Psoriatic Arthritis - Overview
Psoriatic arthritis is a type of inflammatory arthritis and it occurs in certain percentage of people who are already suffering from psoriasis, a chronic skin condition. Psoriatic arthritis belongs to seronegative spondyloarthropathies. Treatment for this type of arthritis is very similar to treatment for rheumatoid arthritis. The condition affects people of all ages as well as both genders. Furthermore, it is estimated that psoriatic arthritis occurs around 10 years after the onset of psoriasis. It is also possible for a patient to develop psoriatic arthritis without any symptoms or signs of psoriasis.
Majority of scientists believe that psoriatic arthritis occurs due to genetic factors and immune response. The condition features with joint inflammation, pain, swelling and stiffness as well as redness of the nearby skin. The symptoms are actually very similar to symptoms of rheumatoid arthritis but these are two different illnesses.
Psoriatic Arthritis - Prognosis
It is hard to make prognosis regarding psoriatic arthritis. This is explained by the fact that the disease varies a lot among patients and is not unique. The prognosis generally depends on several factors and they include joint damage, role of skin and nails, age factor, gender and genetic factor.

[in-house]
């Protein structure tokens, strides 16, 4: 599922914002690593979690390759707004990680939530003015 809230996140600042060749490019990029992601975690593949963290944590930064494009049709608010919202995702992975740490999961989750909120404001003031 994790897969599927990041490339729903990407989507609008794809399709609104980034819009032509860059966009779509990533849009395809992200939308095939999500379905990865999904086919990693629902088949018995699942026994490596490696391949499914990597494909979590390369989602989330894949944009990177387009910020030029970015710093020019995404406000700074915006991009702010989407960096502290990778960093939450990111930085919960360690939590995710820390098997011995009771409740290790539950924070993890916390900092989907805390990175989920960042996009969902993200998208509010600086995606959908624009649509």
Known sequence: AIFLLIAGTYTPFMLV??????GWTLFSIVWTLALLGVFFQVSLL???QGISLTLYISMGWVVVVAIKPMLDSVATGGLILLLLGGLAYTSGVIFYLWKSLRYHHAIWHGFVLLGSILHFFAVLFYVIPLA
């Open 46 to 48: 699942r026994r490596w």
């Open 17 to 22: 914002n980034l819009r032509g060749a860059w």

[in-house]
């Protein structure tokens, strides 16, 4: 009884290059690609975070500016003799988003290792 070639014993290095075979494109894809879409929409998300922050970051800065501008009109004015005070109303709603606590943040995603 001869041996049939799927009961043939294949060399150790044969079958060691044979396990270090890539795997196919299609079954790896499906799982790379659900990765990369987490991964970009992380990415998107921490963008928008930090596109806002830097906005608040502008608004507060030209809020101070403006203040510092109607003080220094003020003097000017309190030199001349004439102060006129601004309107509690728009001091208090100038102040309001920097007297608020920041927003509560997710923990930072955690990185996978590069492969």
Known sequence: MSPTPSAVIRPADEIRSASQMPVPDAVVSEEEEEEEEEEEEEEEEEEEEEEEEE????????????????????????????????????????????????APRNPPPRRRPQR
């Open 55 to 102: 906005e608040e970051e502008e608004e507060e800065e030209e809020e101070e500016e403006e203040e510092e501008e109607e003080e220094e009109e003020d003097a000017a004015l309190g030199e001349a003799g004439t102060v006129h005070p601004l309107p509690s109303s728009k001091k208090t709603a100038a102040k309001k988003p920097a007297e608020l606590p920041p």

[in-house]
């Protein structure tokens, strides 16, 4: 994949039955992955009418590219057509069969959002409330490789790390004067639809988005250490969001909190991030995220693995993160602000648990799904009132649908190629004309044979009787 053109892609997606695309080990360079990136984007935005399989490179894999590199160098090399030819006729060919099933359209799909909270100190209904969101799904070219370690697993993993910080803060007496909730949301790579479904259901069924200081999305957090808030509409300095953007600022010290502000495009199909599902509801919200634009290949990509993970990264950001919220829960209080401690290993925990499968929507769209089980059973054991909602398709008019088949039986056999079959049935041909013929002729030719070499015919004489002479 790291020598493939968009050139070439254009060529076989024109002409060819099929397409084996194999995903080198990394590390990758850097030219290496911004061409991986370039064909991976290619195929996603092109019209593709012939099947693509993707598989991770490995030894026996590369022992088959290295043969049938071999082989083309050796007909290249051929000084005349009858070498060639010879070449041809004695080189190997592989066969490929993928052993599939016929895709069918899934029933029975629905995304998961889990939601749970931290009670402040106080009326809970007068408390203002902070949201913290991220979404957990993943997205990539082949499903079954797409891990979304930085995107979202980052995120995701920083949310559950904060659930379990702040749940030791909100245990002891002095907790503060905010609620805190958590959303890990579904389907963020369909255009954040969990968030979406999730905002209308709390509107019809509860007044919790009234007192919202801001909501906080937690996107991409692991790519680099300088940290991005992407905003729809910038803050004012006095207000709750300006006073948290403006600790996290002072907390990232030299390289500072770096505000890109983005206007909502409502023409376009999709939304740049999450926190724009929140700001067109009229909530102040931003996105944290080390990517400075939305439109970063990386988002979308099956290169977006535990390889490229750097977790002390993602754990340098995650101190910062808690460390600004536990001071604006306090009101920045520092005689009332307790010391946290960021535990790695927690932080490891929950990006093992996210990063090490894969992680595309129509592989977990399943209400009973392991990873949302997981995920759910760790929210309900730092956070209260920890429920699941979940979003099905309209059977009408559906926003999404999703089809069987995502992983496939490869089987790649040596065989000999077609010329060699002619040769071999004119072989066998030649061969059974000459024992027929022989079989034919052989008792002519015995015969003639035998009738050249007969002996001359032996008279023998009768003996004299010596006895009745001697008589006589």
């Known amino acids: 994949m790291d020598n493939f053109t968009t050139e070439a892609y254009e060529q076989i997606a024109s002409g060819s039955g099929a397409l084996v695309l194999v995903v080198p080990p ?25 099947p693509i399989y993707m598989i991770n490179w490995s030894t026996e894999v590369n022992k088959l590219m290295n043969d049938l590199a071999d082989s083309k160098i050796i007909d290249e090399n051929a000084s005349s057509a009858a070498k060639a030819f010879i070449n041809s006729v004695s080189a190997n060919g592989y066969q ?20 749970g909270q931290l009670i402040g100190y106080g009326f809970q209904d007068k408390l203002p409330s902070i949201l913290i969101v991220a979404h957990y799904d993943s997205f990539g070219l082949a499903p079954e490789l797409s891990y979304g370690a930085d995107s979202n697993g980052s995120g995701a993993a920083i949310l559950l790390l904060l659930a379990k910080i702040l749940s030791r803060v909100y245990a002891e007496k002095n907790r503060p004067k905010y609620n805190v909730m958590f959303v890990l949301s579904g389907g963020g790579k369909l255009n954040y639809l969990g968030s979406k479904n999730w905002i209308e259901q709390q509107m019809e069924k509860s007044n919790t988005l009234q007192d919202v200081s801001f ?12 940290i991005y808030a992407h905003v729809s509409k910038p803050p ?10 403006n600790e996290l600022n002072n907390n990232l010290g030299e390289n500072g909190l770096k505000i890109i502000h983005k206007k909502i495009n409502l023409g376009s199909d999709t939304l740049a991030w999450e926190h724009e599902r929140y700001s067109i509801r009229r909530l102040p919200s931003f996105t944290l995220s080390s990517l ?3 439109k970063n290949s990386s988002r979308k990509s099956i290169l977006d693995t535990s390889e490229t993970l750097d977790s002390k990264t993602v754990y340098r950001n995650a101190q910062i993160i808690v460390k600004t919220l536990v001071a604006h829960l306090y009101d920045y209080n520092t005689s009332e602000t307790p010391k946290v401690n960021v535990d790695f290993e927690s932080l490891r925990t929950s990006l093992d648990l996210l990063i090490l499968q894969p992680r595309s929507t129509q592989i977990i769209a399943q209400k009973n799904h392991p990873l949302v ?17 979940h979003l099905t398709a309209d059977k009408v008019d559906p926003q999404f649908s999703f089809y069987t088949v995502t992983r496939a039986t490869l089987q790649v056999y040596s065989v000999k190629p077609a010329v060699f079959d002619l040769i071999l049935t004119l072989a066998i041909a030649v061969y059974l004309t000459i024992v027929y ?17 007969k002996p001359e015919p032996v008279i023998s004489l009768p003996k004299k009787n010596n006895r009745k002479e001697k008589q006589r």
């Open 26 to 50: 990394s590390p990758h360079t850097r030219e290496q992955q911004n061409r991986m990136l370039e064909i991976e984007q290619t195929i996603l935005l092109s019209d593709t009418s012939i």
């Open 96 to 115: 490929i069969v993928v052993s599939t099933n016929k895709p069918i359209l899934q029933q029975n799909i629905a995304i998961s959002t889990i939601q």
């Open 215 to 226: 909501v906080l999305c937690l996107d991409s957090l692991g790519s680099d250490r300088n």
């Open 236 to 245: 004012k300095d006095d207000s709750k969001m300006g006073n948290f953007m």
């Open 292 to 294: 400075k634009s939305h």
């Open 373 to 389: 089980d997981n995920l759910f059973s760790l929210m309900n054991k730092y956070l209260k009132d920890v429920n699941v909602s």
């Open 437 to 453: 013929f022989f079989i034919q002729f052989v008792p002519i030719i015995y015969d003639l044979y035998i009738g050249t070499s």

One of the most significant factors in estimating psoriatic arthritis prognosis is joint damage. The more the joints are damaged the worse the prognosis is. The prognosis is also worse in a case more than one joint is affected. Severe damage to the joints leads to excruciating pain and in some cases severe disability. One more factor which is taken into consideration is the severity of the skin and nail problems. In patients whose skin and nail problems are serious the prognosis is not so good.
The prognosis is also worse in case psoriatic arthritis occurs at younger age. If the inflammation (and consequent destruction) affects people who are younger the damage to the affected joints will progress in time and cause serious deformities and disability. Furthermore, it is estimated that psoriatic arthritis leads to more severe symptoms and signs in women. Being so, the prognosis in women is not as good as it is in men.
And finally, there is one more factor which determines prognosis of psoriatic arthritis- a genetic factor. In case patients suffering from psoriatic arthritis have a family history of this particular inflammatory disease the prognosis of their disease is worse. Furthermore, the expression of specific genes (HLA-DR3, HLA-DR4 and HLA-B27) is associated with severe form of psoriatic arthritis.
All the previously mentioned factors determine the prognosis of the disease and if more than one of them is positive a patient will suffer from severe chronic form of psoriatic arthritis.